It was similar with the Greeks who rejected Paul’s message. Only instead of miraculous powers, Greeks were looking for a certain kind of intellectual complexity. To them that made a message spiritually worthwhile. Paul says that the message of Christ crucified sounded like foolishness to their philosophically refined tastes.

 What do Americans look for? I submit that what our society looks for in a spiritually worthwhile message is happiness. Ever noticed that? “Whatever makes you happy,” people in our culture are so used to saying, “just so long as you’re not hurting anyone.” Actions are not judged in our culture according to the “foolishness” of a strict, biblical morality, but on the basis of whether or not it makes you “feel good.” Today’s hero is the person who gets over the limited morality of their strict, narrow-minded upbringing and opens their minds to all the things that can make people happy even though they were once called sins. Continuing to call such potential sources of happiness sinful just brings people down, making them feel guilty and destroying their joy.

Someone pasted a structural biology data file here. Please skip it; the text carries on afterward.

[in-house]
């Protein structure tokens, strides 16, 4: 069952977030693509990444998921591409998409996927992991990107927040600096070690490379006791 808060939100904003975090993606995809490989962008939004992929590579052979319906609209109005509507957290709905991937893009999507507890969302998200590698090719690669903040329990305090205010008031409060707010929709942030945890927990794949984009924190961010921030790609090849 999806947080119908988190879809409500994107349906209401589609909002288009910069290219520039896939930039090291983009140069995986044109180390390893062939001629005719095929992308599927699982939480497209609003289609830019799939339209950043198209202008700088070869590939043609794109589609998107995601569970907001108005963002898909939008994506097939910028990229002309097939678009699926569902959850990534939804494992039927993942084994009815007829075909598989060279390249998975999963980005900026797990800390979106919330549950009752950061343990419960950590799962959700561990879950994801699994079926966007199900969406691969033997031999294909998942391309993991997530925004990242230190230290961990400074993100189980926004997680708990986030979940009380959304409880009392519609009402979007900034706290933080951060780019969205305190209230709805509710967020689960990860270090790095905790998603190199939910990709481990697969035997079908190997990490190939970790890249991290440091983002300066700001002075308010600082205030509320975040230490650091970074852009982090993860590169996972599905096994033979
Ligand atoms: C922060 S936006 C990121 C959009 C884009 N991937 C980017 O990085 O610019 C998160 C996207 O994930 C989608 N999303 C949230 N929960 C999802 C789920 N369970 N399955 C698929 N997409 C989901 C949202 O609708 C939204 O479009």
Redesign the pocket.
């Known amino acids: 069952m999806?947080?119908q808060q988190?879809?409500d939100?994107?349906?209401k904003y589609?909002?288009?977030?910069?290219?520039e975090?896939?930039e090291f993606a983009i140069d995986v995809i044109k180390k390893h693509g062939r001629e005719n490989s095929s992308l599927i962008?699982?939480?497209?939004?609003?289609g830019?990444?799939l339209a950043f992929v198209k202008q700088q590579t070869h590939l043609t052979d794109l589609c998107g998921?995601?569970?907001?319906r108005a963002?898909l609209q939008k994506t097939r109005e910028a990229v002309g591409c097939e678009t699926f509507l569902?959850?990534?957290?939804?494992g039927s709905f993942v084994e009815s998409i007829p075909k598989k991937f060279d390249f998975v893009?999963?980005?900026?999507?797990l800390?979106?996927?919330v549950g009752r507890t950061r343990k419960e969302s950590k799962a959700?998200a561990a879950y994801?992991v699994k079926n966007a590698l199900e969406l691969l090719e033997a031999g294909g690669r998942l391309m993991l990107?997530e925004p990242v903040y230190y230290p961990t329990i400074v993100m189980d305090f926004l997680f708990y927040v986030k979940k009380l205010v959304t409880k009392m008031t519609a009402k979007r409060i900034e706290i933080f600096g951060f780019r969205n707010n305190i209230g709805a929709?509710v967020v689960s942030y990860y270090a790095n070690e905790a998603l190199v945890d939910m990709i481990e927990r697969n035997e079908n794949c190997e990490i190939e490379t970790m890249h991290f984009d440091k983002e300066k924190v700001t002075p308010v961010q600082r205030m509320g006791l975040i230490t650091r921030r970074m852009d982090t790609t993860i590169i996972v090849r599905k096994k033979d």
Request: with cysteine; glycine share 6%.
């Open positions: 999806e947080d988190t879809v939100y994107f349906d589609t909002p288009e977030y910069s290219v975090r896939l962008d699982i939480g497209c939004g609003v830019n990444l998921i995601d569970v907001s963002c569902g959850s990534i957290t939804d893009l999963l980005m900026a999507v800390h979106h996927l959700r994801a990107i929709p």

Feeling guilty. There I think is the real heart of the matter. If you take the Bible seriously—really seriously—it will make you feel guilty about all kinds of things you do. It cuts into our happiness too much. Feeling guilty is not feeling good; it is feeling sad. And that’s why true, scriptural Christianity just doesn’t pass our society’s test for being spiritually worthwhile. I mean, really! All these Lent songs are real downers, aren’t they? Too much serious talk about the whole “sin thing.” We gotta lighten up! So, drawing on Paul’s analyses of the two cultures he was used to dealing with, I add this analysis that, while not inspired, I believe to be accurate: Jews demand miraculous signs, Greeks look for wisdom and Americans pursue happiness.